I don’t know that I would say the church has been great at laying out rules, and I don’t think it’s actually been very practical. The theological tends to be propositions. The polemical tends to be arguments. The practical uses lots of stories to give you the gist of what a good marriage should be like. Somewhere in Mystery and Manners, Flannery O’Connor was asked to put the basic point of her short story in a nutshell. She said, ‘If I could put it in a nutshell, I wouldn’t have had to write the story.’
I believe she says a story can’t be paraphrased.
Yes, that’s right. I think what she means is a story gives you an excess of meaning that no proposition could possibly convey, or even a set of propositions. There’s meaning that comes with a narrative that is certainly somewhat propositional—you can put some of it into propositions—but the impact is greater.
On a practical level, the church doesn’t do a great job of giving people a vision for what God wants marriage to be. I actually think that’s a way that my book is somewhat different in that it’s almost as much for a non-married person as for a married person. I actually think, in the end, what is very practical for both singles and married people is they need to get a breathtaking vision for what marriage should be. I don’t know if the strictly theological, strictly polemical, and strictly practical books do that.
One of the paradoxes you talk about is how the commitment of marriage actually produces freedom: the freedom to be truly ourselves, the freedom to be fully known, the freedom to be there in the future for those we love and who love us. Why do you believe that the commitment of marriage is viewed as largely anything but freeing today?
Our culture pits the two against each other. The culture says you have to be free from any obligation to really be free. The modern view of freedom is freedom from. It’s negative: freedom from any obligation, freedom from anybody telling me how I have to live my life. The biblical view is a richer view of freedom. It’s the freedom of—the freedom of joy, the freedom of realizing what I was designed to be.
If you don’t bind yourself to practice the piano for eight hours a day for ten years, you’ll never know the freedom of being able to sit down and express yourself through playing beautiful music. I don’t have that freedom. It’s very clear that to be able to do so is a freeing thing for people, with the diminishment of choice. And since freedom now is defined as all options, the power of choice, that’s freedom from. I don’t think ancient people saw these things as contradictions, but modern people do.
Your wife Kathy adheres to a complementarian view of gender roles but points out that a subdivision of labor can vary greatly within marriages and across cultures, generations, and societies. You state that cultural gender roles are not necessarily the same as biblical gender roles. Might this view might advance the egalitarian vs. complementarian debate beyond a current stalemate?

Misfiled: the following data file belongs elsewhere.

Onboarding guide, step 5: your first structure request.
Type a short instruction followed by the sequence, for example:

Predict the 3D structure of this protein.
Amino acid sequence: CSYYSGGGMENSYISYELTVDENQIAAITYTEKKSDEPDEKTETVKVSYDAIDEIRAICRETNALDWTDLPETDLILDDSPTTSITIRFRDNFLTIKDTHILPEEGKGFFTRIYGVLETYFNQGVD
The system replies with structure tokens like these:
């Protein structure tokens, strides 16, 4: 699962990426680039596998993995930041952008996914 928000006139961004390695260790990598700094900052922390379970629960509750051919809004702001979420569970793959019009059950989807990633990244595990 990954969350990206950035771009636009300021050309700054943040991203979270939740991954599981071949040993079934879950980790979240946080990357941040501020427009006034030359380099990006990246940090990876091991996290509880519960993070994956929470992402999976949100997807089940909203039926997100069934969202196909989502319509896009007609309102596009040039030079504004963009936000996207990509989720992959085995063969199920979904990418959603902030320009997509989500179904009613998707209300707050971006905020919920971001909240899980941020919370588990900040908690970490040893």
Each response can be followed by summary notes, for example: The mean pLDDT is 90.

I don’t know. I would love that. Let’s just say, I hope so. I don’t have a lot of hopes right now about some of the stalemates we have in our evangelical world.
On the one hand, we say there is such a thing as male headship. It is irreducible in the home and in the church. But then, the details of what it looks like are almost completely un-spelled out. There are hints, but they are not laid out. We think it’s a principle for all times, all places, and all cultures, so if you had any list of specifics, it would make the principle less applicable. Complementarians admit the principle, but they always add a list of specifics that they treat as universal. Egalitarians won’t admit the principle. So, you might say we’re complementarians who endorse the principle that the husband and wife say “yes, the husband is the head,” but then we expect couples to come up with what that’s going to look like in their own marriage. Just don’t punt on the principle.
You describe marriage as a means for each spouse to “become their glorious future-selves through sacrificial service and spiritual friendship” and sex as one of the expressions of that relationship. Such a purpose pre-supposes a belief in a biblical eschatology. What purpose does marriage serve for those who do not share such a belief?
It doesn’t have the vertical dimension. A Christian marriage shows me more of the gospel, shows me more of Christ’s love. But there’s no doubt that marriage has natural benefits, too. First, it creates a stable environment for the rearing of children, who can’t thrive as well anywhere else. It also brings the two genders together to complement one another and knock off the rough edges. Marriage provides the personal growth that comes through cross-gender relationships.
Do you think the question of gay marriage has been settled politically? Would it have been more effectively addressed by the church if the church had more effectively upheld and supported the biblical model of marriage?